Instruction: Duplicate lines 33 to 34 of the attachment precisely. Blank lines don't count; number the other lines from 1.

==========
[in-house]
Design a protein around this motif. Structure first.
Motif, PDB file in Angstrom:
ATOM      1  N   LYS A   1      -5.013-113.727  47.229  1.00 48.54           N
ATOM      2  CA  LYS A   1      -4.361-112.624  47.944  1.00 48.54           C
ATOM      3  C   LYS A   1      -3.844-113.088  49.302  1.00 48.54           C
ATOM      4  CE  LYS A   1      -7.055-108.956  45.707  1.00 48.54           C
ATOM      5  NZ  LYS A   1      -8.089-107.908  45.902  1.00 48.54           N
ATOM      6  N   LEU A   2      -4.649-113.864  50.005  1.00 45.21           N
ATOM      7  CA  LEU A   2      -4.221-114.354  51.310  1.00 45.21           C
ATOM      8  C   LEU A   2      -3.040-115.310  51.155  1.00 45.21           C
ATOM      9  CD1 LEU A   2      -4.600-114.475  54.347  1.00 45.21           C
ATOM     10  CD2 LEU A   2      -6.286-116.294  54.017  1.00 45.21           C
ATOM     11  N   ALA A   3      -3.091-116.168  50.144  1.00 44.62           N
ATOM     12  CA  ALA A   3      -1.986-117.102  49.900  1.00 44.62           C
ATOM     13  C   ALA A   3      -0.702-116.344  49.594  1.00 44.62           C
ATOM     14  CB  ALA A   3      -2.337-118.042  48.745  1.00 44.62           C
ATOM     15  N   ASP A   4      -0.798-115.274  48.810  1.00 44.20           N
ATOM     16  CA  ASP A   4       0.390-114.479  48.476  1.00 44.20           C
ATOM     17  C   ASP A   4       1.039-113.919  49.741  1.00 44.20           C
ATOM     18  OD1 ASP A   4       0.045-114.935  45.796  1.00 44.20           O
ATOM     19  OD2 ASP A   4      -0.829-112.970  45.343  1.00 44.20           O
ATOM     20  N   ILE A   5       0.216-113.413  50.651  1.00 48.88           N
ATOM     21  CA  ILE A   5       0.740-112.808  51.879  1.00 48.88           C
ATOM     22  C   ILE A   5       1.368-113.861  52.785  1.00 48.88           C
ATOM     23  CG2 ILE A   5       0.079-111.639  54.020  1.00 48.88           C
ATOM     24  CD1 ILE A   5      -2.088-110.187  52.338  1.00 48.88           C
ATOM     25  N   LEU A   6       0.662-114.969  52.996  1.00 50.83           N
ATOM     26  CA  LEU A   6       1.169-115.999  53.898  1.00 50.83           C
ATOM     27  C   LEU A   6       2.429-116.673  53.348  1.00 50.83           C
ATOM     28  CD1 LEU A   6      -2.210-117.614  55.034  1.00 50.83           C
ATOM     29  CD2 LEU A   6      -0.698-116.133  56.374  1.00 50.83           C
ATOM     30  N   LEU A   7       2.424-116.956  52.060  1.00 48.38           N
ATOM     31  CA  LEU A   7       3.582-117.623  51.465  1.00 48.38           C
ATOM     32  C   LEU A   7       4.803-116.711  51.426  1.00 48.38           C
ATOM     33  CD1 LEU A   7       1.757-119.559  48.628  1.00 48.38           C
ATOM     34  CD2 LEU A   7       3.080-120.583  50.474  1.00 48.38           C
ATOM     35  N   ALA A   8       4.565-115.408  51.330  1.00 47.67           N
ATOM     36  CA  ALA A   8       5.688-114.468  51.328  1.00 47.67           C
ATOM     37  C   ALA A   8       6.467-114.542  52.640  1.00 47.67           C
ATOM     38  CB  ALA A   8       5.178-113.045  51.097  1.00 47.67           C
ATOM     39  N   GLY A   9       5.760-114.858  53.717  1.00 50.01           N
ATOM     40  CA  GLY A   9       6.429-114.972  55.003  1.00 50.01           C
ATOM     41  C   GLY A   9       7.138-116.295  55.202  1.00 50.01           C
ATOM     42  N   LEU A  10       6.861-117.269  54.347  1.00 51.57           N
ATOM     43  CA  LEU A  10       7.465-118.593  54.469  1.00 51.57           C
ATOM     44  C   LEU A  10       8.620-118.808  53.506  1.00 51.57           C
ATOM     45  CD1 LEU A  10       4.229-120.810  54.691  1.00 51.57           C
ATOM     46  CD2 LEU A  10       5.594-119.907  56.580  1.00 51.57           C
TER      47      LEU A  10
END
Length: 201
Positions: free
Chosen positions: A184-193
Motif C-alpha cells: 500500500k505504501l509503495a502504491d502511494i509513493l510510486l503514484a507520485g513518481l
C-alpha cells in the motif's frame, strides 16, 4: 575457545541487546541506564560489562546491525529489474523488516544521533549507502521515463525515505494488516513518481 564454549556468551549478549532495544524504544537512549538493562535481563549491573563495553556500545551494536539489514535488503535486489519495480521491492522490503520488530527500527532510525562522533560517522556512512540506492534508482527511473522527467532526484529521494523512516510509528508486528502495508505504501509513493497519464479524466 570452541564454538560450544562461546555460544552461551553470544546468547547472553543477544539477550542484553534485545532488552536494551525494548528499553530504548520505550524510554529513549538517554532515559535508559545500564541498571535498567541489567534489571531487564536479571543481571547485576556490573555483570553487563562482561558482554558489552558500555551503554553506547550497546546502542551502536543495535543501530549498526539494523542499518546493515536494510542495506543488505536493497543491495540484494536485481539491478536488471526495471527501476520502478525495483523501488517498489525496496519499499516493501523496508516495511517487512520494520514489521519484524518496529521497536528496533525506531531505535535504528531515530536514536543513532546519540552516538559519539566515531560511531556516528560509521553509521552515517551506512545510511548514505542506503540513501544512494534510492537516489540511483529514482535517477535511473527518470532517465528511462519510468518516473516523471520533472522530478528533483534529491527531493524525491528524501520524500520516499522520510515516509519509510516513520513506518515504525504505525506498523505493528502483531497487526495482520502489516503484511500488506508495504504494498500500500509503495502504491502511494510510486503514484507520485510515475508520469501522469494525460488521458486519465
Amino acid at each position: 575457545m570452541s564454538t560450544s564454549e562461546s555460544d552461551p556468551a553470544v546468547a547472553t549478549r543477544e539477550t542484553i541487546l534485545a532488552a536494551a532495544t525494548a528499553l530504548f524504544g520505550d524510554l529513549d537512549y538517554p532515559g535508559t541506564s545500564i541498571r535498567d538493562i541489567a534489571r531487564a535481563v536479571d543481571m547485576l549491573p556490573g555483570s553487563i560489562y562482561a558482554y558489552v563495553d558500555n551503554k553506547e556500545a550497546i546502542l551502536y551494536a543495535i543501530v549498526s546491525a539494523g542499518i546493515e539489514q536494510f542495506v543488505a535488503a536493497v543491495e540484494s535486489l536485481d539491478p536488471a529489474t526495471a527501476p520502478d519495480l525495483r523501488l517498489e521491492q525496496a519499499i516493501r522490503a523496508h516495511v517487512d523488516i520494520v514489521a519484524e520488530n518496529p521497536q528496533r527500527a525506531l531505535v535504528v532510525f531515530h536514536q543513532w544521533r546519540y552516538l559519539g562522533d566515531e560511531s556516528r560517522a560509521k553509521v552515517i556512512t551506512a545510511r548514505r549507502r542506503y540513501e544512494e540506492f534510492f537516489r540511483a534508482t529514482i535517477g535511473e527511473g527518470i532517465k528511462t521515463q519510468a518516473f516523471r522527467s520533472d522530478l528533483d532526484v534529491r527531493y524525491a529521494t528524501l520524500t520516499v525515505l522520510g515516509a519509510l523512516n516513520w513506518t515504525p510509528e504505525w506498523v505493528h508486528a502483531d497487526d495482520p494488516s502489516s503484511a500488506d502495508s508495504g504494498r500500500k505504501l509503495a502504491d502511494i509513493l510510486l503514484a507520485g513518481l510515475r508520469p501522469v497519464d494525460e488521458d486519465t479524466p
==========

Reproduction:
ATOM     30  N   LEU A   7       2.424-116.956  52.060  1.00 48.38           N
ATOM     31  CA  LEU A   7       3.582-117.623  51.465  1.00 48.38           C